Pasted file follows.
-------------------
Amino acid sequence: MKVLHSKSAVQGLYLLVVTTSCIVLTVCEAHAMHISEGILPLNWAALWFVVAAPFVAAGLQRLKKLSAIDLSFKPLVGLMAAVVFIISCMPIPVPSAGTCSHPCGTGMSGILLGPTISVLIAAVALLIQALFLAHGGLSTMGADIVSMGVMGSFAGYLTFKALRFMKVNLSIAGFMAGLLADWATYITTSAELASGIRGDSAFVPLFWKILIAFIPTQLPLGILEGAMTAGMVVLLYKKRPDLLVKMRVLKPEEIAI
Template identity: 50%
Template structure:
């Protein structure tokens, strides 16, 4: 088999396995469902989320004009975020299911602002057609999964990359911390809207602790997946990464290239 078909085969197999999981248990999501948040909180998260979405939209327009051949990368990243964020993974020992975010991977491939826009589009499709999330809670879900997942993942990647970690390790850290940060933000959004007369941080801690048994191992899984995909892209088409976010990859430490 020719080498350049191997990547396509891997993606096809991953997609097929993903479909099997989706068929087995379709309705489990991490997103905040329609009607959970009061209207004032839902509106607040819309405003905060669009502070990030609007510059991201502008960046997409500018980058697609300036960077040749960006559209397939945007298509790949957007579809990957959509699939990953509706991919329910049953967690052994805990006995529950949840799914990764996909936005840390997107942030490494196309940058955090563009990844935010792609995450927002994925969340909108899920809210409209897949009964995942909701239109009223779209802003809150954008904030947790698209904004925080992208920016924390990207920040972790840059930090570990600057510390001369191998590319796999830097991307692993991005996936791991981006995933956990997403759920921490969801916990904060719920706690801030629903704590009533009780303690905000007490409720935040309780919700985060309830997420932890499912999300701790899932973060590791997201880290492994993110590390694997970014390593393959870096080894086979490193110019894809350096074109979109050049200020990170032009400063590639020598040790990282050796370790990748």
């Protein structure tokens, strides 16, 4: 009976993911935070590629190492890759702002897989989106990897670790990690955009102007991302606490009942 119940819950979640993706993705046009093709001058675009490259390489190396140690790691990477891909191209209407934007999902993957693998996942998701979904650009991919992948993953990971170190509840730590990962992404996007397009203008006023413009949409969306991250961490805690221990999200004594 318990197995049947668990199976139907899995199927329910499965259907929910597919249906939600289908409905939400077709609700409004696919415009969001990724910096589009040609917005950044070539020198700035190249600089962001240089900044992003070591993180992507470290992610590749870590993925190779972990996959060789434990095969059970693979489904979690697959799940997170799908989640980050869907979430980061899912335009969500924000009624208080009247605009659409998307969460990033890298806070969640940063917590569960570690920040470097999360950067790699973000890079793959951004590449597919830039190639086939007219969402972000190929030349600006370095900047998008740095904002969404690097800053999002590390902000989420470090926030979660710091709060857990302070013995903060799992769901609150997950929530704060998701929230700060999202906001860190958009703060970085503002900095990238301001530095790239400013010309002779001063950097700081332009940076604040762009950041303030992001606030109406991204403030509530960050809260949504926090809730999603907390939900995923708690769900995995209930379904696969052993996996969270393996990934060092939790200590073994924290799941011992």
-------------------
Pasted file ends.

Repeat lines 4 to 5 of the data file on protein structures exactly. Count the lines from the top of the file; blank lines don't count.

């Protein structure tokens, strides 16, 4: 088999396995469902989320004009975020299911602002057609999964990359911390809207602790997946990464290239 078909085969197999999981248990999501948040909180998260979405939209327009051949990368990243964020993974020992975010991977491939826009589009499709999330809670879900997942993942990647970690390790850290940060933000959004007369941080801690048994191992899984995909892209088409976010990859430490 020719080498350049191997990547396509891997993606096809991953997609097929993903479909099997989706068929087995379709309705489990991490997103905040329609009607959970009061209207004032839902509106607040819309405003905060669009502070990030609007510059991201502008960046997409500018980058697609300036960077040749960006559209397939945007298509790949957007579809990957959509699939990953509706991919329910049953967690052994805990006995529950949840799914990764996909936005840390997107942030490494196309940058955090563009990844935010792609995450927002994925969340909108899920809210409209897949009964995942909701239109009223779209802003809150954008904030947790698209904004925080992208920016924390990207920040972790840059930090570990600057510390001369191998590319796999830097991307692993991005996936791991981006995933956990997403759920921490969801916990904060719920706690801030629903704590009533009780303690905000007490409720935040309780919700985060309830997420932890499912999300701790899932973060590791997201880290492994993110590390694997970014390593393959870096080894086979490193110019894809350096074109979109050049200020990170032009400063590639020598040790990282050796370790990748």
């Protein structure tokens, strides 16, 4: 009976993911935070590629190492890759702002897989989106990897670790990690955009102007991302606490009942 119940819950979640993706993705046009093709001058675009490259390489190396140690790691990477891909191209209407934007999902993957693998996942998701979904650009991919992948993953990971170190509840730590990962992404996007397009203008006023413009949409969306991250961490805690221990999200004594 318990197995049947668990199976139907899995199927329910499965259907929910597919249906939600289908409905939400077709609700409004696919415009969001990724910096589009040609917005950044070539020198700035190249600089962001240089900044992003070591993180992507470290992610590749870590993925190779972990996959060789434990095969059970693979489904979690697959799940997170799908989640980050869907979430980061899912335009969500924000009624208080009247605009659409998307969460990033890298806070969640940063917590569960570690920040470097999360950067790699973000890079793959951004590449597919830039190639086939007219969402972000190929030349600006370095900047998008740095904002969404690097800053999002590390902000989420470090926030979660710091709060857990302070013995903060799992769901609150997950929530704060998701929230700060999202906001860190958009703060970085503002900095990238301001530095790239400013010309002779001063950097700081332009940076604040762009950041303030992001606030109406991204403030509530960050809260949504926090809730999603907390939900995923708690769900995995209930379904696969052993996996969270393996990934060092939790200590073994924290799941011992």